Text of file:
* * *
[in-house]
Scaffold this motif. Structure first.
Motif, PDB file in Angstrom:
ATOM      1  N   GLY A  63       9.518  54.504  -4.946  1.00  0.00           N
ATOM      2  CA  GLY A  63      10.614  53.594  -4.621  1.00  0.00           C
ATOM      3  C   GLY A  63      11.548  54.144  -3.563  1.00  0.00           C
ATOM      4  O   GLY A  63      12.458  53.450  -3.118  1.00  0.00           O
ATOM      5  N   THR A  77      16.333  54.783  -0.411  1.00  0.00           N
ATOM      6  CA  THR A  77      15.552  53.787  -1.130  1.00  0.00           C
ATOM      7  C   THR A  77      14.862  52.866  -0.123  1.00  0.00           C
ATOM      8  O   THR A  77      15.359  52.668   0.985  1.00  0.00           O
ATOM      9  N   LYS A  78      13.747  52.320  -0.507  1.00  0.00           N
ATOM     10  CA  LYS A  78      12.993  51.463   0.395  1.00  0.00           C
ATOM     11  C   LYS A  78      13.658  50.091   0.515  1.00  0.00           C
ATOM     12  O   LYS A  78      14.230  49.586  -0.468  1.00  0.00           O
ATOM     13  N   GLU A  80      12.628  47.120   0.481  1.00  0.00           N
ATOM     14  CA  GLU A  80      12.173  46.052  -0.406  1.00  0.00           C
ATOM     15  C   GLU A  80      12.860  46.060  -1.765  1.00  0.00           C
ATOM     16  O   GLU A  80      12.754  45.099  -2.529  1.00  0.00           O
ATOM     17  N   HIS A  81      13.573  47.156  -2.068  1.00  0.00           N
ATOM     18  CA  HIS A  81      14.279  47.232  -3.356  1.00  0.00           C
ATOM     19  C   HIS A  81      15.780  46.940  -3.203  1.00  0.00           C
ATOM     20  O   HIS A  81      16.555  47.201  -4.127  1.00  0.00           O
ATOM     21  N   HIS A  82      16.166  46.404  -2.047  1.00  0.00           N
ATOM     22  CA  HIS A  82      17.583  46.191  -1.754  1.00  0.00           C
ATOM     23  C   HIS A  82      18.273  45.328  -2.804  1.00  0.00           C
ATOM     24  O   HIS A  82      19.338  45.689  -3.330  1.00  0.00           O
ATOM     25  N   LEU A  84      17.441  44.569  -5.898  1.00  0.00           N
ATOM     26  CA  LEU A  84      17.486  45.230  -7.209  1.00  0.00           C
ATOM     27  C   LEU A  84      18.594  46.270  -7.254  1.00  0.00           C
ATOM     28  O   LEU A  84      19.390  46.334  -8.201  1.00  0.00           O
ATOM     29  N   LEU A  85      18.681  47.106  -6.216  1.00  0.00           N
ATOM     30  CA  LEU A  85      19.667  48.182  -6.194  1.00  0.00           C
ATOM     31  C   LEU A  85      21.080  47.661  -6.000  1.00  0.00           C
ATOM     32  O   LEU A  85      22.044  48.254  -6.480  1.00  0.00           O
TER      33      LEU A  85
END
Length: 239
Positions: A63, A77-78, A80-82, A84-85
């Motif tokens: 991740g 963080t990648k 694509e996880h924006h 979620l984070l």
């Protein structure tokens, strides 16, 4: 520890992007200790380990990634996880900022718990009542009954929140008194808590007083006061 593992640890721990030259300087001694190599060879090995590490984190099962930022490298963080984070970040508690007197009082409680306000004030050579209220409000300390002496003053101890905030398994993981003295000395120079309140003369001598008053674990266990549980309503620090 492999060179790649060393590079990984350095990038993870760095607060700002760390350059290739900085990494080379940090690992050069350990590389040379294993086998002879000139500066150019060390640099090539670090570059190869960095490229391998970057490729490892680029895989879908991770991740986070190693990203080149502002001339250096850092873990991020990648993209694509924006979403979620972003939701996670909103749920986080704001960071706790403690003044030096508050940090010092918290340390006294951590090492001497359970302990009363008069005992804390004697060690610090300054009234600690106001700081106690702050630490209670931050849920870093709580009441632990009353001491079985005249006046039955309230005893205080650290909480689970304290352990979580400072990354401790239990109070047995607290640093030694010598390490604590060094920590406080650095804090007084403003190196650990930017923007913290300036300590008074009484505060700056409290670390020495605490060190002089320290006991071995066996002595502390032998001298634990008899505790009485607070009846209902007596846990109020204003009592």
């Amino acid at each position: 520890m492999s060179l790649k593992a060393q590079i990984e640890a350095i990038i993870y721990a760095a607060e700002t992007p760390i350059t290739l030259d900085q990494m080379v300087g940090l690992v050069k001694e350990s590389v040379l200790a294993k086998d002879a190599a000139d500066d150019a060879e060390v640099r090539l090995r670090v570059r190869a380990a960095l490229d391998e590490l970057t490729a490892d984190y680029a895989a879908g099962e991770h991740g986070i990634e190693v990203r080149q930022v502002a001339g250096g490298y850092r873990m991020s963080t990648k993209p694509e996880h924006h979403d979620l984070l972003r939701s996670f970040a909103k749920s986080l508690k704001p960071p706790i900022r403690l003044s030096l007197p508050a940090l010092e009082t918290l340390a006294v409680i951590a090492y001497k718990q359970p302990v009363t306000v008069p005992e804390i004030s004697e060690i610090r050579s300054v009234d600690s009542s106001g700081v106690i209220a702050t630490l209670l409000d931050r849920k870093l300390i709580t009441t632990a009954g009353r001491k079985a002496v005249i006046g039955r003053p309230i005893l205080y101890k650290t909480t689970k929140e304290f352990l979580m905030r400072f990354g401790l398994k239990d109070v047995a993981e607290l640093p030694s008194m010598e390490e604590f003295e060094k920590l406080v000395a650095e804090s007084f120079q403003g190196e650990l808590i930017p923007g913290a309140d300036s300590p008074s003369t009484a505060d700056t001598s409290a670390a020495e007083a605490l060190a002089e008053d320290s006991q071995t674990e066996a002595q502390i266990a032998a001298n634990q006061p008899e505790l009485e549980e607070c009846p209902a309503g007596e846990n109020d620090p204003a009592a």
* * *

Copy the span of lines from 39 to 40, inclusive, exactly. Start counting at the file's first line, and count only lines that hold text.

Positions: A63, A77-78, A80-82, A84-85
């Motif tokens: 991740g 963080t990648k 694509e996880h924006h 979620l984070l």